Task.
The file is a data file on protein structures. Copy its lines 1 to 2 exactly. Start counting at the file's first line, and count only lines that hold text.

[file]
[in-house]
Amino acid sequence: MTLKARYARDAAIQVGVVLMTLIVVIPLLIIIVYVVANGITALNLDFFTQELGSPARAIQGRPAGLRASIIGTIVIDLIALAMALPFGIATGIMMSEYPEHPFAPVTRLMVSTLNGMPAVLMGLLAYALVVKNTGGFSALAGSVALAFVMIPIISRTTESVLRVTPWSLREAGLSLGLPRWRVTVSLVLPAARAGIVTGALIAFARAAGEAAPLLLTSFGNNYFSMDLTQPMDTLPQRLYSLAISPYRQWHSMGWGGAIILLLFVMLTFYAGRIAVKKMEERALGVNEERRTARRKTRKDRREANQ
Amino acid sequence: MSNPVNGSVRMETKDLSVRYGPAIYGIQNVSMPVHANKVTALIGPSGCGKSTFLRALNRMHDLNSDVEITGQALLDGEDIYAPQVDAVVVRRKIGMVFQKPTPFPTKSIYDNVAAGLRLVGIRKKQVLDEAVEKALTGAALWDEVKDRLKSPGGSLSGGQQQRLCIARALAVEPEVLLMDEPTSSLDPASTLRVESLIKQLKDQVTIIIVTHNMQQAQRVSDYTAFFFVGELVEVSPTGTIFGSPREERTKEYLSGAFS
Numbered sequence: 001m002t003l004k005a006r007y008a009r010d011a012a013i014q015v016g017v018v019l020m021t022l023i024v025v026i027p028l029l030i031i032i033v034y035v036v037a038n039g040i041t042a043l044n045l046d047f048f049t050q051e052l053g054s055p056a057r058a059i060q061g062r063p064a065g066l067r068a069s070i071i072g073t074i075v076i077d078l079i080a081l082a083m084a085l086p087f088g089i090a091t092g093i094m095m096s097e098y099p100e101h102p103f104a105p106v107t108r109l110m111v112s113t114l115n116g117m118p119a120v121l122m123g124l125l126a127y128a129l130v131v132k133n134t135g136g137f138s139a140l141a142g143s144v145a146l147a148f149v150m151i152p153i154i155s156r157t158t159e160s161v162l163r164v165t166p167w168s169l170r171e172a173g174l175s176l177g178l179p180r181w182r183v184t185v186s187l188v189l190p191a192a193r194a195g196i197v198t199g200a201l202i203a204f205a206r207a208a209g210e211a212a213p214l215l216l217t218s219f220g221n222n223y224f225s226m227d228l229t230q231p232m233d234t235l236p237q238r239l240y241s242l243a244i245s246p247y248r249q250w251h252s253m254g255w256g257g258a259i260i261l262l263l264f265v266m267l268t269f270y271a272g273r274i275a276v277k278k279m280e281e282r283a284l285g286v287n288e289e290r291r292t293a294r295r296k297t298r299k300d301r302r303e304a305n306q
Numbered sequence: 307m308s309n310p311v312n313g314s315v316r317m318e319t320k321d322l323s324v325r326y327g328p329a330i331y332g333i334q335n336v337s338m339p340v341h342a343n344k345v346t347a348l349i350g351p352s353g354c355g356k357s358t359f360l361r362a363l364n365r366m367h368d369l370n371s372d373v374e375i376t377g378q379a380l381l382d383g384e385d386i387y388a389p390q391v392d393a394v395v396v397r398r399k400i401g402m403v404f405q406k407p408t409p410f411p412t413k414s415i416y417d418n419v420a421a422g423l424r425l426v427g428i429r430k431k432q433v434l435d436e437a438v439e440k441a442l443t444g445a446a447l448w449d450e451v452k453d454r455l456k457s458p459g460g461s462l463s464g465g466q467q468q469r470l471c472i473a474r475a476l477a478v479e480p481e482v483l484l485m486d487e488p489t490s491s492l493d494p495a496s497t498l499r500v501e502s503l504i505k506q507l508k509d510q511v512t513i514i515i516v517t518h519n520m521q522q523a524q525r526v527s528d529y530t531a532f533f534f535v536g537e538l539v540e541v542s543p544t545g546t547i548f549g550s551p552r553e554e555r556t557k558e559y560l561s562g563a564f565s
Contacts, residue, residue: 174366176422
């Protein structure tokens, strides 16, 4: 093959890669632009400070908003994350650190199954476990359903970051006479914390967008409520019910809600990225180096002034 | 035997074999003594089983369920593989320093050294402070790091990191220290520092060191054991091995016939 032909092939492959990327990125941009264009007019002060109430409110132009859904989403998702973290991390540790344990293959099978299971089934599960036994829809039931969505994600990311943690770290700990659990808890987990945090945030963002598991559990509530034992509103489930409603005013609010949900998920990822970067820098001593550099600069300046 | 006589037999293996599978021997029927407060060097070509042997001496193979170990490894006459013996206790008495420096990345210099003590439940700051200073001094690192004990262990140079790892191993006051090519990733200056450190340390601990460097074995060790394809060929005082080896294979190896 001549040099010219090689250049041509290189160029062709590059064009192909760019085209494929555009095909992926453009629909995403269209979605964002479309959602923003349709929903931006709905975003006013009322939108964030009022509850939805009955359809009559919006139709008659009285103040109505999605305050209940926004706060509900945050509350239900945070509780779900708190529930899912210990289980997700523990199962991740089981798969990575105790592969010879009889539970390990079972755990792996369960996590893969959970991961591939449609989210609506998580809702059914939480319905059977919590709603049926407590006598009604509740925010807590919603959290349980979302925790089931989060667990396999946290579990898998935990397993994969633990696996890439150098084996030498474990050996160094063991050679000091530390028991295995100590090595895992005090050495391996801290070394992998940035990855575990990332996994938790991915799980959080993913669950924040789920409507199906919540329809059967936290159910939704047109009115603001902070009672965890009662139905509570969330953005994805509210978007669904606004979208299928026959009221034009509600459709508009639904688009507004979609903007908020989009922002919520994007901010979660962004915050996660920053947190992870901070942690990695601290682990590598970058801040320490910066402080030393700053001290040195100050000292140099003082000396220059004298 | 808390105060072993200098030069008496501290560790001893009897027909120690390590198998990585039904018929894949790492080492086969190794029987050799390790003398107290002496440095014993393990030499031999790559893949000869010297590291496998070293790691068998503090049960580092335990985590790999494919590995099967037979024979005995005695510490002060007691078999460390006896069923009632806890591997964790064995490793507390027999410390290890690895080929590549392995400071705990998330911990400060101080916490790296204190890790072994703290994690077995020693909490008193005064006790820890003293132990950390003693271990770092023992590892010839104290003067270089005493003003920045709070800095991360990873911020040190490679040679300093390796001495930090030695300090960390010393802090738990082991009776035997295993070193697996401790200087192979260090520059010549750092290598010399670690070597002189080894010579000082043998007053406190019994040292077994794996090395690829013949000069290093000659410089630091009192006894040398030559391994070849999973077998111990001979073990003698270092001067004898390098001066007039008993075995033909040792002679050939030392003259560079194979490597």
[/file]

[in-house]
Amino acid sequence: MTLKARYARDAAIQVGVVLMTLIVVIPLLIIIVYVVANGITALNLDFFTQELGSPARAIQGRPAGLRASIIGTIVIDLIALAMALPFGIATGIMMSEYPEHPFAPVTRLMVSTLNGMPAVLMGLLAYALVVKNTGGFSALAGSVALAFVMIPIISRTTESVLRVTPWSLREAGLSLGLPRWRVTVSLVLPAARAGIVTGALIAFARAAGEAAPLLLTSFGNNYFSMDLTQPMDTLPQRLYSLAISPYRQWHSMGWGGAIILLLFVMLTFYAGRIAVKKMEERALGVNEERRTARRKTRKDRREANQ